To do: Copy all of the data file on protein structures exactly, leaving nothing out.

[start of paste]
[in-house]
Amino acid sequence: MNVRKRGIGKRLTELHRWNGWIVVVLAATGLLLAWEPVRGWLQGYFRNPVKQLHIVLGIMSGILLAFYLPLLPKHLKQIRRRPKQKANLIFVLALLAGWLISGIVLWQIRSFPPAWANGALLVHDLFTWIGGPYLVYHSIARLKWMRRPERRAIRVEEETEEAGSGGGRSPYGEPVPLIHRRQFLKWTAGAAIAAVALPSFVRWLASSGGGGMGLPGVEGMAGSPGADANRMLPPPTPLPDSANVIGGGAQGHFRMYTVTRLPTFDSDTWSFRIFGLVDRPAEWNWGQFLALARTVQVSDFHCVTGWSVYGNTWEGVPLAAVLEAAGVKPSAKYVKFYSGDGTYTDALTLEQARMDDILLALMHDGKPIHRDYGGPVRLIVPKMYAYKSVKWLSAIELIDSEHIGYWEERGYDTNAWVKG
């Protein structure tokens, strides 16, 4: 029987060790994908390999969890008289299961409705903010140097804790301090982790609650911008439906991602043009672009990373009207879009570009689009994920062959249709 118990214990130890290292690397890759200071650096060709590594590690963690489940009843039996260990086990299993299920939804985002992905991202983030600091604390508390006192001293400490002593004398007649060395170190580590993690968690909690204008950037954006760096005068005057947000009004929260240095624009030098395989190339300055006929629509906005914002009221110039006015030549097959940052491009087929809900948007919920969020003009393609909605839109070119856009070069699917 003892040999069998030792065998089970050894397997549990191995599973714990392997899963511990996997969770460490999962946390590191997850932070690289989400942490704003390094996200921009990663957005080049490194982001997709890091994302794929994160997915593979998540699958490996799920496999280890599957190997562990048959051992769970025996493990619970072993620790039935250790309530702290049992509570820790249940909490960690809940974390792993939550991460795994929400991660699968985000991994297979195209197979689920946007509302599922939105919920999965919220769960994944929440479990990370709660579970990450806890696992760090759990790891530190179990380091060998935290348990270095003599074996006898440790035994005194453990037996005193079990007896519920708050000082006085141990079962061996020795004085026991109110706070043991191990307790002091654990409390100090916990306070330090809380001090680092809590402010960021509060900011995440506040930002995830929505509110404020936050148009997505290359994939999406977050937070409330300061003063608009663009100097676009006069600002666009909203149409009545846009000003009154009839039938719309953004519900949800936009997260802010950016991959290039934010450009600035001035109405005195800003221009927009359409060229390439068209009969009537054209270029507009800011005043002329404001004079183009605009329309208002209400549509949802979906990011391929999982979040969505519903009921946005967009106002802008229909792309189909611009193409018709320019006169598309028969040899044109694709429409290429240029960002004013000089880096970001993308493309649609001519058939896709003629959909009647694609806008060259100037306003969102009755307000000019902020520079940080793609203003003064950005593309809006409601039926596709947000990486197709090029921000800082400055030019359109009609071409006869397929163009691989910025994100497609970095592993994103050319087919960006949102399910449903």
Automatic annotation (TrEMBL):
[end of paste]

[in-house]
Amino acid sequence: MNVRKRGIGKRLTELHRWNGWIVVVLAATGLLLAWEPVRGWLQGYFRNPVKQLHIVLGIMSGILLAFYLPLLPKHLKQIRRRPKQKANLIFVLALLAGWLISGIVLWQIRSFPPAWANGALLVHDLFTWIGGPYLVYHSIARLKWMRRPERRAIRVEEETEEAGSGGGRSPYGEPVPLIHRRQFLKWTAGAAIAAVALPSFVRWLASSGGGGMGLPGVEGMAGSPGADANRMLPPPTPLPDSANVIGGGAQGHFRMYTVTRLPTFDSDTWSFRIFGLVDRPAEWNWGQFLALARTVQVSDFHCVTGWSVYGNTWEGVPLAAVLEAAGVKPSAKYVKFYSGDGTYTDALTLEQARMDDILLALMHDGKPIHRDYGGPVRLIVPKMYAYKSVKWLSAIELIDSEHIGYWEERGYDTNAWVKG
């Protein structure tokens, strides 16, 4: 029987060790994908390999969890008289299961409705903010140097804790301090982790609650911008439906991602043009672009990373009207879009570009689009994920062959249709 118990214990130890290292690397890759200071650096060709590594590690963690489940009843039996260990086990299993299920939804985002992905991202983030600091604390508390006192001293400490002593004398007649060395170190580590993690968690909690204008950037954006760096005068005057947000009004929260240095624009030098395989190339300055006929629509906005914002009221110039006015030549097959940052491009087929809900948007919920969020003009393609909605839109070119856009070069699917 003892040999069998030792065998089970050894397997549990191995599973714990392997899963511990996997969770460490999962946390590191997850932070690289989400942490704003390094996200921009990663957005080049490194982001997709890091994302794929994160997915593979998540699958490996799920496999280890599957190997562990048959051992769970025996493990619970072993620790039935250790309530702290049992509570820790249940909490960690809940974390792993939550991460795994929400991660699968985000991994297979195209197979689920946007509302599922939105919920999965919220769960994944929440479990990370709660579970990450806890696992760090759990790891530190179990380091060998935290348990270095003599074996006898440790035994005194453990037996005193079990007896519920708050000082006085141990079962061996020795004085026991109110706070043991191990307790002091654990409390100090916990306070330090809380001090680092809590402010960021509060900011995440506040930002995830929505509110404020936050148009997505290359994939999406977050937070409330300061003063608009663009100097676009006069600002666009909203149409009545846009000003009154009839039938719309953004519900949800936009997260802010950016991959290039934010450009600035001035109405005195800003221009927009359409060229390439068209009969009537054209270029507009800011005043002329404001004079183009605009329309208002209400549509949802979906990011391929999982979040969505519903009921946005967009106002802008229909792309189909611009193409018709320019006169598309028969040899044109694709429409290429240029960002004013000089880096970001993308493309649609001519058939896709003629959909009647694609806008060259100037306003969102009755307000000019902020520079940080793609203003003064950005593309809006409601039926596709947000990486197709090029921000800082400055030019359109009609071409006869397929163009691989910025994100497609970095592993994103050319087919960006949102399910449903």
Automatic annotation (TrEMBL):